Breckenridge Fire Arts Festival: Oakland artist plunges into industrial madness | SummitDaily.com

Breckenridge Fire Arts Festival: Oakland artist plunges into industrial madness

Ryon Gesink has over 15 years of experience refining his sculptural aesthetic through the creation of art vehicles, cyborgian suits, giant fiery kinetic sculptures, commissioned metal arts and furniture work.
Special to the Daily |

IF YOU GO

What: Second annual Fire Arts Festival

When: Thursday, Jan. 28 to Sunday, Jan. 31 from 5 p.m. to 9 p.m. All sculptures will be ignited on the hour.

Where: Breckenridge Arts District campus

Cost: Free

Editor’s note: The second annual Fire Arts Festival, in conjunction with the International Snow Sculpture Championships, will continue through Sunday, Jan. 31. This is the third in a series of Q&A’s with nationally-known fire sculptors who will be bringing their pieces to the event. All sculptures will be ignited on the hour, starting at 5 p.m. and ending at 9 p.m.

Ryon Gesink has been working with sculptures for more than 15 years, creating pieces such as art vehicles, cyborgian suits and giant fiery kinetic sculptures. He also does commissioned metal arts and furniture work, based in Oakland, California. His art can be seen at Maker Faire, in private collections, in various Bay Area businesses, around American Steel Studios in Oakland, and has even appeared in Hawaii.

Summit Daily News: Tell us what we can expect from your piece “Oscillation II with Sylph”?

Ryon Gesink: I’m not going to tell you — come and see. It’s best if they reveal themselves to you without too much preloaded baggage in your head. But I suppose at minimum I can just say high-speed industrial art involving fire and vortices.

SDN: How long did it take you to create your project and what was the process behind it?

RG: Initial prototyping and build went over the course of probably three or four very dedicated months. Although I should mention, this is a scaled-up version of something I’d already invented some five or six years ago.

SDN: How did you first get into fire sculptures and how long have you been creating them?

RG: Well I had heard about some of the dangerous robotic performances and extreme underground fire things going on in the SF Bay Area back in the late ’90s, like Burning Man and so on. When I moved back there in ’98, and finally saw them with my own eyes, it was like lightning struck and it became clear I needed to plunge headlong into this form of industrial madness and create my own behemoths.

SDN: What was the inspiration behind this piece?

RG: Well, I’d found a 3-foot maritime steel buoy sphere on a beach in Oakland and something inspired me to cut vertical slots in it and hang it from a chain and spin it — I don’t remember what. Then I put some burning rags inside and spun it and noticed a very intriguing strobe effect with the fire that was definitely worth pursuing. I motorized the assembly and built it into a pyramid, and over multiple iterations arrived at the giant tripod version which you’ll see at the festival.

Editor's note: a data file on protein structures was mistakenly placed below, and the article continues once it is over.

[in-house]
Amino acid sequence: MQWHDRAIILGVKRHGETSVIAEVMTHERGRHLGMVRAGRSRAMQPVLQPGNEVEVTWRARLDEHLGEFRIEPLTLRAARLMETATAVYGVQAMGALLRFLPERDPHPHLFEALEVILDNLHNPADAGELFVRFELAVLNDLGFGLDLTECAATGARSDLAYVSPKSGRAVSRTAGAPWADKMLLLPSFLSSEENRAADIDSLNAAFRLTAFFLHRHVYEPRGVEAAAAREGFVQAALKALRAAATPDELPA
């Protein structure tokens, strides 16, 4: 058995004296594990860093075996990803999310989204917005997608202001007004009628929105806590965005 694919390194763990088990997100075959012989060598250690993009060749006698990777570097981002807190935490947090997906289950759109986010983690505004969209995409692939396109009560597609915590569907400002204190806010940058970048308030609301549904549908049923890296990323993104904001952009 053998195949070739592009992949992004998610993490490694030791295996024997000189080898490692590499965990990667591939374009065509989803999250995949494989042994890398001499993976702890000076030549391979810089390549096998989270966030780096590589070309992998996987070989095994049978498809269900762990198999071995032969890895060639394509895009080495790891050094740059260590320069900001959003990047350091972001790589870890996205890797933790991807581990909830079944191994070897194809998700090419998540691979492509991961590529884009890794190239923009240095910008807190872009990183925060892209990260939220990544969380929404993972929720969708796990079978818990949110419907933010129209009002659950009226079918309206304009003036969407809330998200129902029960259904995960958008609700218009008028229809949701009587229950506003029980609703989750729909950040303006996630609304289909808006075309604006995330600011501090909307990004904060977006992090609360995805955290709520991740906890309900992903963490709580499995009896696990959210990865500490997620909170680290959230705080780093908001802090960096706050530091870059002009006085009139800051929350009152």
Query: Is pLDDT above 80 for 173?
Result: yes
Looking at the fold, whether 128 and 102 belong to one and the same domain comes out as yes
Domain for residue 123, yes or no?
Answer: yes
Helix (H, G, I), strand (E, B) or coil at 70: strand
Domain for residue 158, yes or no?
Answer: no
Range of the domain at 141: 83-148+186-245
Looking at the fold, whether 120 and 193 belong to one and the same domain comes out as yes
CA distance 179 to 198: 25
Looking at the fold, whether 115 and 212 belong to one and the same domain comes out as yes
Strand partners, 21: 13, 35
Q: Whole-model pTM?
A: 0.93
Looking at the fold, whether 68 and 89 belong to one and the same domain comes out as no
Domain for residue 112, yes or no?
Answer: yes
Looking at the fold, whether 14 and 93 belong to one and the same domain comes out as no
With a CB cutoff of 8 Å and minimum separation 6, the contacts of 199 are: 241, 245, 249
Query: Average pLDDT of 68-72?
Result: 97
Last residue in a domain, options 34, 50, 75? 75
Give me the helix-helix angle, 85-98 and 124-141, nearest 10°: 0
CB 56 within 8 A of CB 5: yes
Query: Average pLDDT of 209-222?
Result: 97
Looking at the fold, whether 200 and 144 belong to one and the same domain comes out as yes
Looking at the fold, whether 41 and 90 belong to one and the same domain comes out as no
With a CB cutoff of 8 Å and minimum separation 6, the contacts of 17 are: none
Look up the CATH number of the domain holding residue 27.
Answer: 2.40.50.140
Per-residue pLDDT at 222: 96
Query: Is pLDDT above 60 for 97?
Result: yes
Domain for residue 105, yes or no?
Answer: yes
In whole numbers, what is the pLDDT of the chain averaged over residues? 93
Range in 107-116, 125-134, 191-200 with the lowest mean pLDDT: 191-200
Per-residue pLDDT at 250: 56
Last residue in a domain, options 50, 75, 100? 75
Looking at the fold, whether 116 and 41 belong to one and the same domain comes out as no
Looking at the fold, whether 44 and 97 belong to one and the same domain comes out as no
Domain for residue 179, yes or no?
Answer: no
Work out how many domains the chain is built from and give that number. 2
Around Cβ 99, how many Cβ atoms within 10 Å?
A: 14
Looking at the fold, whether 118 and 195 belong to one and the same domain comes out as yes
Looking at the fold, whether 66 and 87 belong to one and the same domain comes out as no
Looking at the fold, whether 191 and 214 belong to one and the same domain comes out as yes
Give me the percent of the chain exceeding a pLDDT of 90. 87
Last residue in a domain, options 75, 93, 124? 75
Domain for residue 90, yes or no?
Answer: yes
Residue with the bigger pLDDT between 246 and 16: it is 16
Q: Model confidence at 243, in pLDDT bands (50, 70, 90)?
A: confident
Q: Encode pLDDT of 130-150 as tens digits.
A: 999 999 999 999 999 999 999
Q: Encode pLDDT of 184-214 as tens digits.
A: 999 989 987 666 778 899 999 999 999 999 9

SDN: What else inspires you in your artwork?

RG: Science-fiction, architecture, physics. The great tradition of subversive literature and art from Rimbaud through the Surrealists and William Burroughs, William Gibson and JG Ballard. Punk, post punk, and generally just weird out there droning experimental music. Immediatism in the Hakim Bey sense I suppose.

SDN: What is the most important tool you have when it comes to your work?

RG: Enthusiasm — without that you’ve got nothing. And follow through.

SDN: Do you have any other projects you are currently working on that you’d like to mention?

RG: Well I’m going to add three more spinning fireballs to “Oscillation.” That’s going to be quite fun to see. Beyond that I’m working on some static standalone pieces. They’ll ideally have a kind of monolithic quality — sort of near future artifacts that look as though they either slipped backward through time, or could just as easily be many thousands of years old.

SDN: What are you most looking forward to doing while in Breckenridge?

RG: I’m just going to stretch out and breathe. It will be nice to focus on growing some ideas without having to do my normal job as a custom fabricator. Also, of course, I hope to meet other artists of interest here, that’s always fun. I really appreciate the opportunity and am very impressed with the Arts District set up here. It should be a good time.


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